By Pippa Salmon, Dolphin Research Institute
“Hang on, I see one!”
I scramble for my binoculars, adjusting the focus and scanning the horizon.
“Right there! Just to your left a little…”
And… got it! Two dolphins, flipping gracefully through the water. As they disappear into the waves, I look around. The ocean is shimmering; reflecting the subtle pinks and tangerine that appear as the day comes to a close. Magic.
As an intern at the Dolphin Research Institute (DRI) in Hastings, I’ve been spending a lot of time watching the water as part of our new Western Port Research Project.
DRI director Jeff Weir thinks there are around 20 resident dolphins inhabiting the Western Port. Until now, they have been largely unstudied.
“We want to better understand these bottlenose dolphins – where they’re spending their time, as well as their interactions with other beings. This way we have the knowledge to protect them,” Jeff said.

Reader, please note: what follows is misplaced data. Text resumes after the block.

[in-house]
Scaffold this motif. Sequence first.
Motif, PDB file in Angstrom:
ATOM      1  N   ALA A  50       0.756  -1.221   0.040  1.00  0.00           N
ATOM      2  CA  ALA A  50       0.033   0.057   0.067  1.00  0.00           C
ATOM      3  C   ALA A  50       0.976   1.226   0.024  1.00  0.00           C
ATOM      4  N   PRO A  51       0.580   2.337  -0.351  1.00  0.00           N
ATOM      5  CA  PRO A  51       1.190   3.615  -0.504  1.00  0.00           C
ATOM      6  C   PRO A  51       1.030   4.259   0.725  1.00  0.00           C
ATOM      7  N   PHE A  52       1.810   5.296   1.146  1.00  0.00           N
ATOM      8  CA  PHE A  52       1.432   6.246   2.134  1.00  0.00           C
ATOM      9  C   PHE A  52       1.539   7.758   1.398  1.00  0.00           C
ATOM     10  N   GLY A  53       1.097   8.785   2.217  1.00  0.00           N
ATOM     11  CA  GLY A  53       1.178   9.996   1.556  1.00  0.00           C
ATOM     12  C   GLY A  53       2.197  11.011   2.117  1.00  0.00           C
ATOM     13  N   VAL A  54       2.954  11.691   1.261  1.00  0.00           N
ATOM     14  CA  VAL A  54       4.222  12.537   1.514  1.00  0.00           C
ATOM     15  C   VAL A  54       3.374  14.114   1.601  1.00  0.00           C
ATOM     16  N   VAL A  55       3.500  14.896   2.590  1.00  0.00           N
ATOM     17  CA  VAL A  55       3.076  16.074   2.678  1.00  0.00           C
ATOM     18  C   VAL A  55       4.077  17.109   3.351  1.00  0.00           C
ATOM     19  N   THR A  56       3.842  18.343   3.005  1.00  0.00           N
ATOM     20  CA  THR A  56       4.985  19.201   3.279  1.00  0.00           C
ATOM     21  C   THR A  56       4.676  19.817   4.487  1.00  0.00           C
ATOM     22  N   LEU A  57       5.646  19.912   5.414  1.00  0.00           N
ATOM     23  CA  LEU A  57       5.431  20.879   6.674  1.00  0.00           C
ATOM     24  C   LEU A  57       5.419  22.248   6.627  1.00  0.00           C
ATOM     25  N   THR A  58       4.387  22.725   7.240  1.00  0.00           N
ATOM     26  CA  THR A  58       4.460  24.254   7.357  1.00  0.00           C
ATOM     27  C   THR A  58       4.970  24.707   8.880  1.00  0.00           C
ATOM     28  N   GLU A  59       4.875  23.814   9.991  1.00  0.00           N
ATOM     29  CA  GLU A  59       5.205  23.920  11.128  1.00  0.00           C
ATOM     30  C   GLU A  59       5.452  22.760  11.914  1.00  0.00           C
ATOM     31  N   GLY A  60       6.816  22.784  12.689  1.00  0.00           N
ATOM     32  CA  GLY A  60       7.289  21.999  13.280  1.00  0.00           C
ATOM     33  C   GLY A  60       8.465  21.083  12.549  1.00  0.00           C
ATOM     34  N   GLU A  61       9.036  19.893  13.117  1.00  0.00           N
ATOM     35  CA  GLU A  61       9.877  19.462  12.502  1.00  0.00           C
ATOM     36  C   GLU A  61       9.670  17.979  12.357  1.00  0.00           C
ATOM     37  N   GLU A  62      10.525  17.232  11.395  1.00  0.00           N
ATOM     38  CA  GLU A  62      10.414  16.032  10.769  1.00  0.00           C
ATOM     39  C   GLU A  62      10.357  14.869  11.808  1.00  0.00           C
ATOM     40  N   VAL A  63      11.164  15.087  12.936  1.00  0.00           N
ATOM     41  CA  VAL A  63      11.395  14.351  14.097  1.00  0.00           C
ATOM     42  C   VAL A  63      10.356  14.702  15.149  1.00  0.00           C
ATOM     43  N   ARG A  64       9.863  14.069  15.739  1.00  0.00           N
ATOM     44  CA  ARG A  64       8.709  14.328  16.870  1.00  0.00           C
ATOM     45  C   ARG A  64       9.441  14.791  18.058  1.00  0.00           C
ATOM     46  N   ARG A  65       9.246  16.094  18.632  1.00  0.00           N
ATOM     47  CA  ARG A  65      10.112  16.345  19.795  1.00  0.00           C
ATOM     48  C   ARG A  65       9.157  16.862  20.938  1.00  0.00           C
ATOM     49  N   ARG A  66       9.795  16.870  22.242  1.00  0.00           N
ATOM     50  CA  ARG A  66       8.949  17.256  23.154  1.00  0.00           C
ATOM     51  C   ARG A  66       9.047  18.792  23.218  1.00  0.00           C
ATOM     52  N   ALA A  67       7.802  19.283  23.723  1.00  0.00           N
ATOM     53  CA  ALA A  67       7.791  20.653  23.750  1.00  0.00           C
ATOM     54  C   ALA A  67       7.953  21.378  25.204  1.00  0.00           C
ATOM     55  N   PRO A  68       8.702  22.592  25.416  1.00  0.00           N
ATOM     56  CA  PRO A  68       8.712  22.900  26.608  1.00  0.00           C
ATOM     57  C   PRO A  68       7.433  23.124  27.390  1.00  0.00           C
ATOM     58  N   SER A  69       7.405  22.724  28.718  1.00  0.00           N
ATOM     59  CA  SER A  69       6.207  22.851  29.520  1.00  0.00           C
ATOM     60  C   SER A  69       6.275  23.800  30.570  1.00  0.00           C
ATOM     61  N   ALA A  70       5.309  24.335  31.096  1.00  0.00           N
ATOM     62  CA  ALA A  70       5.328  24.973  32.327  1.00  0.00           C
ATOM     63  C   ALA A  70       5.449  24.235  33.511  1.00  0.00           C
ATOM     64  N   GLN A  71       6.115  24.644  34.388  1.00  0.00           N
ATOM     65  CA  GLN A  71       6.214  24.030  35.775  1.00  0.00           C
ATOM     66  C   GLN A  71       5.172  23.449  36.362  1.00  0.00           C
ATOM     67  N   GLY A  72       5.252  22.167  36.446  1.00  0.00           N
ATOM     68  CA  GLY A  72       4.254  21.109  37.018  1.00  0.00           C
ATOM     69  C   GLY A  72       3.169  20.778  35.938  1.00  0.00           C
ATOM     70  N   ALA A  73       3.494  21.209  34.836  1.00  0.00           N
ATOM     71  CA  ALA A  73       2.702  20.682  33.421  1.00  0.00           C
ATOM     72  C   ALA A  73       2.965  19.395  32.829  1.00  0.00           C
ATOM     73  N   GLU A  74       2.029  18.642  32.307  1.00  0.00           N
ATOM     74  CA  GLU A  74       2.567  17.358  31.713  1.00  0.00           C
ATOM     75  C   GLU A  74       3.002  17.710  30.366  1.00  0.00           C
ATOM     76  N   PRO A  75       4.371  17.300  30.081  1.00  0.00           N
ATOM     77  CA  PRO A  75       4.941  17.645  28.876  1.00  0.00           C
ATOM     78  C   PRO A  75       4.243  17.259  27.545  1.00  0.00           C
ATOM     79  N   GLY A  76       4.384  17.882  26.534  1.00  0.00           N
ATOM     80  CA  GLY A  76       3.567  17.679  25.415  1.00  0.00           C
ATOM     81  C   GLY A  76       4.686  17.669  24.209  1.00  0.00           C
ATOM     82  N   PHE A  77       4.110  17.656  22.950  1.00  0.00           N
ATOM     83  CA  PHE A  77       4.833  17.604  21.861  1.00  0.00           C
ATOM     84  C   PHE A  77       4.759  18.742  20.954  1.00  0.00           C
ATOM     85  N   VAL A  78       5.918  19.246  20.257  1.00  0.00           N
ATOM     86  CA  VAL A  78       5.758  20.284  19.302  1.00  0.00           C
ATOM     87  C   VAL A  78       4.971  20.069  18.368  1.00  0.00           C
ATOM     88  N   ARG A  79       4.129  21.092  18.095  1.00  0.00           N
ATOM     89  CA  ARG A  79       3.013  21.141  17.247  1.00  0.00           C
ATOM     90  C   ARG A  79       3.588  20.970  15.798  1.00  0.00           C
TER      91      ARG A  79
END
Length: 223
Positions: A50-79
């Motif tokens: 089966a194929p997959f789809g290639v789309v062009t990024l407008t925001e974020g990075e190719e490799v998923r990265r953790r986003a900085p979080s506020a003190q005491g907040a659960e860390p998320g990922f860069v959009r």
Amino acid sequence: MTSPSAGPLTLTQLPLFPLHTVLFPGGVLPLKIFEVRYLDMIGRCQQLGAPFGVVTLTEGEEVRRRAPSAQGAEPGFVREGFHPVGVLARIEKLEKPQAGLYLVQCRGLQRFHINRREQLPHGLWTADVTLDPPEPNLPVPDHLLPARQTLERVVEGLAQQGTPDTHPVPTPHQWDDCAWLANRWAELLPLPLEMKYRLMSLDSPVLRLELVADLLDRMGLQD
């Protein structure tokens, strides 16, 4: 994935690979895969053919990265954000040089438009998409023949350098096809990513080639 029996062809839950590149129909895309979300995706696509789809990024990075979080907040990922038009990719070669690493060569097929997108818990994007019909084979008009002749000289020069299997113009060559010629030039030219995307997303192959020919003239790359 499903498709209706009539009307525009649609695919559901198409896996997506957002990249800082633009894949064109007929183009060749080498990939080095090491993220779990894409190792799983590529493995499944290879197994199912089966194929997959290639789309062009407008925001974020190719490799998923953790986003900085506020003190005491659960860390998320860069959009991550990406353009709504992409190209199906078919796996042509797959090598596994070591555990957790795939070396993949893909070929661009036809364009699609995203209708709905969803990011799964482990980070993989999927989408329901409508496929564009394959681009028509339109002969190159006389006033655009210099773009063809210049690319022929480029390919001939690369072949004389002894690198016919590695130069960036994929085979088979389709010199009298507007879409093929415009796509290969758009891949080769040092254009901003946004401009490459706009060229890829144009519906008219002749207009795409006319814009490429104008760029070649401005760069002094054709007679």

However, getting this information requires an immense amount of sitting and surveying (not to mention concentration!). It’s tricky for a small organisation to get all the data we need on our own, which is why we want your help!
The Western Port Study is looking for citizen scientists to record their dolphin sightings.
“We are particularly looking for people who are willing to sit on the beach for half or one-hour blocks and put all their attention into surveying. That way we can accurately record the times when there are no dolphins in the bay, as well as when they are around,” Jeff said.
Alternatively, if you are on the beach and happen to see a dolphin, fill in the PodWatch survey on the DRI’s website.
If you are interested in helping with surveying for the Western Port Project, we would love to hear from you! Get in contact with Jeff via email, [email protected]